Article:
Oh, Will He Ever Return?

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More than forty years ago my sister and I would sing those words as we listened to a worn copy of an album by the Kingston Trio. The words were from a wonderful ode regarding a drone named Charlie who for years rode the MTA in Boston.

The song began with spoken words.

"These are the times that try men's souls. In the course of our nation's history, the people of Boston have rallied bravely whenever the rights of men have been threatened. Today, a new crisis has arisen. The Metropolitan Transit Authority, better knowns as the MTA, is attempting to levy a burdensome tax on the population in the form of a subway fare increase. Citizens, hear me out! This could happen to you!"

The song proceeds to tell us about a man named Charlie who had a dime, kissed his wife goodbye and went to ride on the MTA.

"Well did he ever return? No, he never returned, and his fate is still unknown.
He may ride forever 'neath the streets of Boston, he's the man who never returned."

We learn that Charlie literally lived on the MTA because he couldn't afford the fare increase. Can we afford the rail system planned by the TTA? I'm not sure but I do know I am torn on the issue.

Since I moved back to North Carolina almost a dozen years ago, like the rest of you, I have experienced the Triangle's growing pains. Not only the terrible traffic, annexations, creeping city limits, and tax increases. I have also experienced, first hand, the passion of those who want the rail system and the wrath of those who don't. In fact, I was cornered at a black-tie event last weekend by someone who has read me the riot act on this plan numerous times. From the moment he saw me and for the next 15 minutes, I listened to his intense disdain for the rail plan. Much of this I had heard before.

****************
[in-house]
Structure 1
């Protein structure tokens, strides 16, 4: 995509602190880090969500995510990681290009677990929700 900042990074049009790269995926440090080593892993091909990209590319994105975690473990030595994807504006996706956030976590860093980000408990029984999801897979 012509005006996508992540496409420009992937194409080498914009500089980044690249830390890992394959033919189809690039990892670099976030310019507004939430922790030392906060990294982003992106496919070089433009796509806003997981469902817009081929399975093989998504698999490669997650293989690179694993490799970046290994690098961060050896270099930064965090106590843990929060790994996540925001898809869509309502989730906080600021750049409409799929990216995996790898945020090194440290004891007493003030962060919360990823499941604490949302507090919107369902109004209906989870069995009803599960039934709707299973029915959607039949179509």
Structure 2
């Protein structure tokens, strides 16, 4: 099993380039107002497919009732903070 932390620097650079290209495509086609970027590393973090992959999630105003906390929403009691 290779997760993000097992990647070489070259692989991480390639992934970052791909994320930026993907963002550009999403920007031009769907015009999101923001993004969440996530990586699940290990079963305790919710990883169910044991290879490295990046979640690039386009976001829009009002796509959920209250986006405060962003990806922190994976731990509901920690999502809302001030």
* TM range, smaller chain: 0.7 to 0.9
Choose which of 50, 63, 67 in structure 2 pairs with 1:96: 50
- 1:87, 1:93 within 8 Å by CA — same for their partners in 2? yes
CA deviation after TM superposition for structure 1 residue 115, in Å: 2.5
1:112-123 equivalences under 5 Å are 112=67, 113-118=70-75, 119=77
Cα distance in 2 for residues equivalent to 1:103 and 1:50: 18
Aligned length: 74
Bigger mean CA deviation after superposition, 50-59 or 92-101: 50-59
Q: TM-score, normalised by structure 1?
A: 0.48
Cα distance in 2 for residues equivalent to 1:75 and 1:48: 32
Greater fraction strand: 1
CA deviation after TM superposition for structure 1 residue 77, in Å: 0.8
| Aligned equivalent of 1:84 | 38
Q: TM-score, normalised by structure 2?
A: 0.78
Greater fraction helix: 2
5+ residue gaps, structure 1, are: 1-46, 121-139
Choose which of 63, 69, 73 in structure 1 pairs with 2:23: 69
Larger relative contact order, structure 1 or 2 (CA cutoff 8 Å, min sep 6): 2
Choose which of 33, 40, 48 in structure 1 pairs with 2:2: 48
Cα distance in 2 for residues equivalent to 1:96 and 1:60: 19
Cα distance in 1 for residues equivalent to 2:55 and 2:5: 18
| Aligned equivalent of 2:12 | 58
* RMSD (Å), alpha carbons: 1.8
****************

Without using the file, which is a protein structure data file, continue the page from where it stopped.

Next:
It reminded me of the complaining I heard 13 years ago when I lived in Denver, Colo. "Light rail? In Denver? Are you crazy? This will never work! People don't ride the buses now!"

Sound familiar?

Here are the facts. Projections for ridership for the Denver project: 8,000 per day. The day the trains started running: 12,000! Today? Over 20,000. Granted, those trains run in a more metropolitan area, but it was a risk, a gamble those leaders were willing to take and it paid off.

What might be gained with these proposed Triangle trains? We don't yet know. We do know tons of tax dollars have already been spent and tons more will need to flow from the Washington spigot. So far, both Democrats and Republicans have said yes.

To those who want this new rail service, I urge you to be more specific with the following:

Timely accounting of expenditures.
Qualify your ridership projections.
Look for ways to make it easy for those of us who aren't on the route to find a reason to ride.
Embrace your opponents. Listen to their concerns.
Regroup and rethink your ideas if you have to

And to those who despise the idea and continue to rail against rail? Give it a chance. You may find you like it. It may work. It may not. Either way you don't have to be like Charlie. You might want to even change the lyrics.

"These are the times that try our souls. In the course of the Triangle's history, the people of Raleigh-Durham-Cary-Chapel Hill have rallied bravely whenever our rights have been threatened. Now, a new crisis is here. The Triangle Transit Authority is attempting levy a burdensome project on our backs. And the last words I want to hear are, 'All Aboard.' I'd rather sit in my car, alone, stuck on I-40 and know I was right than to ride on that damn train!"